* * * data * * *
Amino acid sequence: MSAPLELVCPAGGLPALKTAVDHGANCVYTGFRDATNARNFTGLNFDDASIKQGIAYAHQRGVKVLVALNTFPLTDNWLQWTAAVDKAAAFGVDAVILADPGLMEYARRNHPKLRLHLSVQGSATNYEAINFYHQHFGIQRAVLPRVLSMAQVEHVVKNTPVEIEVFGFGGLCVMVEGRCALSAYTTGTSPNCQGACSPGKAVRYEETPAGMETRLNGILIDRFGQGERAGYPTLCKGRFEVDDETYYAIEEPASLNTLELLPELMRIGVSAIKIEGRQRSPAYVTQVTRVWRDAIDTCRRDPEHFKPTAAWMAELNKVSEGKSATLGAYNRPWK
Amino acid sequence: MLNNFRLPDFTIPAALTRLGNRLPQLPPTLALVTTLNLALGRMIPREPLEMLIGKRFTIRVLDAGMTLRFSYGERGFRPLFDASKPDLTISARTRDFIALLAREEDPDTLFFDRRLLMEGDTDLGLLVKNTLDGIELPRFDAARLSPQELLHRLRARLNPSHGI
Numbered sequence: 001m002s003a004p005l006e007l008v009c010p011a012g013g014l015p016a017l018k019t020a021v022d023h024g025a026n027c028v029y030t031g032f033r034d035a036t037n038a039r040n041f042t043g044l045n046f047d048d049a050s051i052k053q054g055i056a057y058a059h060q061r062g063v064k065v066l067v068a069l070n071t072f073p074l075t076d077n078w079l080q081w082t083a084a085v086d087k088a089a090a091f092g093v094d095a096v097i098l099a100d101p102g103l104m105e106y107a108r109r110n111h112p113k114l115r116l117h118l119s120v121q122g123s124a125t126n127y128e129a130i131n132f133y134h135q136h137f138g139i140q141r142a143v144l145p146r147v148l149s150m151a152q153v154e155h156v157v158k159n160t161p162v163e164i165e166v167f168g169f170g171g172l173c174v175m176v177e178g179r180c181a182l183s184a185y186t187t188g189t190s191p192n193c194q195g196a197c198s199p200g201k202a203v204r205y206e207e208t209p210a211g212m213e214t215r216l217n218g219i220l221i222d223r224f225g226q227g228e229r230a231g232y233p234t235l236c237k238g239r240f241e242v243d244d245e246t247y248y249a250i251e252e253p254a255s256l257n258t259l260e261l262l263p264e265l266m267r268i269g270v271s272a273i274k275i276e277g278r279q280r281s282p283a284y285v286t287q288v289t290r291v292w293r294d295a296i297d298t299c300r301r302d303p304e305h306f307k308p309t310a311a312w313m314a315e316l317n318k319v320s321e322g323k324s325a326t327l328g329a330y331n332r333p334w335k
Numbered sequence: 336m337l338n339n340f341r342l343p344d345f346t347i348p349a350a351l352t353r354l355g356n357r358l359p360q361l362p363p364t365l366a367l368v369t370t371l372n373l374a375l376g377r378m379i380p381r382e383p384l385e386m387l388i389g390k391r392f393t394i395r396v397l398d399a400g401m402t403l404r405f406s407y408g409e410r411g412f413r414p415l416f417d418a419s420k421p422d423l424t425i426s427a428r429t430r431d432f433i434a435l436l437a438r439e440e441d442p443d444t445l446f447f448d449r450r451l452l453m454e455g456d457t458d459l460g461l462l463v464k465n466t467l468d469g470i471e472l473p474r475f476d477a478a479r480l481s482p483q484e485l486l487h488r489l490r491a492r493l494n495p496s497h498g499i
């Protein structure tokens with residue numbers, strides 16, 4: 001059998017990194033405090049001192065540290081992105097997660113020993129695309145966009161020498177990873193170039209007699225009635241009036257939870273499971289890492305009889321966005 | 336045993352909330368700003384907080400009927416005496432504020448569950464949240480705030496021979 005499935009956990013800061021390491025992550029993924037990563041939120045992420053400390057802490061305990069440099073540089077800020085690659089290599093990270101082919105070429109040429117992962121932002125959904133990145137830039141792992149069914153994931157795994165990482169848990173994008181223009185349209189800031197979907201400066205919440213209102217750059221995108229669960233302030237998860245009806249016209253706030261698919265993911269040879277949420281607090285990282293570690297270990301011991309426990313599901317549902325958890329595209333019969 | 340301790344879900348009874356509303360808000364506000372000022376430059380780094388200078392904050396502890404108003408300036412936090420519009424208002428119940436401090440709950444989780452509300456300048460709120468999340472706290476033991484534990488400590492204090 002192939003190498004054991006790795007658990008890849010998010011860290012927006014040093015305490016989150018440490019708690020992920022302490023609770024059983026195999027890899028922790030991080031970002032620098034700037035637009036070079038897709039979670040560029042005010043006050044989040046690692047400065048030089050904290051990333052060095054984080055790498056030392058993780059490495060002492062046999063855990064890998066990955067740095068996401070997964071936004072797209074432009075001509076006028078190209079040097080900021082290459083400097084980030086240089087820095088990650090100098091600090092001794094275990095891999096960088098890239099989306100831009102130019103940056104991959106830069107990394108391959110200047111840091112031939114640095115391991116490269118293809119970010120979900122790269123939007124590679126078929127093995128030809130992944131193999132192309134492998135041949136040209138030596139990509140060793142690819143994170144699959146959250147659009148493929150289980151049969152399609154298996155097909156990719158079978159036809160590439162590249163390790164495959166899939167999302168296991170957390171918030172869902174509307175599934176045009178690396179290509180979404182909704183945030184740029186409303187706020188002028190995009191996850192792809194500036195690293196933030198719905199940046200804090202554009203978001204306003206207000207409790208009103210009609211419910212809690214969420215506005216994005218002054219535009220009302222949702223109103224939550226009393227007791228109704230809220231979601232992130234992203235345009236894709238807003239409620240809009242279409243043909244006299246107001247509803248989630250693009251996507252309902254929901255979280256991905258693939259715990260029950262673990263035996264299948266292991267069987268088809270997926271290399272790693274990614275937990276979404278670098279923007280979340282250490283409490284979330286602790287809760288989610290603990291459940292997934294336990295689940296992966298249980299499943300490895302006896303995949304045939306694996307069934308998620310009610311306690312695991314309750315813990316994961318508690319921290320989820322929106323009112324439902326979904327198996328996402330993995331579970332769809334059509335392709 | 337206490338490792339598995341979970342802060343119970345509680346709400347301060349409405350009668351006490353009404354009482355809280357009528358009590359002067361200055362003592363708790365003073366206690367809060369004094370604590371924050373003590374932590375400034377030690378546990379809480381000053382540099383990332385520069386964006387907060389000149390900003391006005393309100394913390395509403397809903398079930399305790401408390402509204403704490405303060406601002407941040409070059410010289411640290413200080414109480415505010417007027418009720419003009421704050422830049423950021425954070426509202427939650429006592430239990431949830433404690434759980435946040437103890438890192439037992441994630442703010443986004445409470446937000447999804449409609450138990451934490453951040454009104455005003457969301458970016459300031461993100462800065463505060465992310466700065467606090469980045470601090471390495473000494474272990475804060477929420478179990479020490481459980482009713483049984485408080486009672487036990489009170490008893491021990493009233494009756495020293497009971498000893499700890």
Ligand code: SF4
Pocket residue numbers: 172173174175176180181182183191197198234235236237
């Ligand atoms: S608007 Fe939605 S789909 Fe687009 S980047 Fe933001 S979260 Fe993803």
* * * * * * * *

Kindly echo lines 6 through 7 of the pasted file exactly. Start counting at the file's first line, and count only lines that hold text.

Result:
Ligand code: SF4
Pocket residue numbers: 172173174175176180181182183191197198234235236237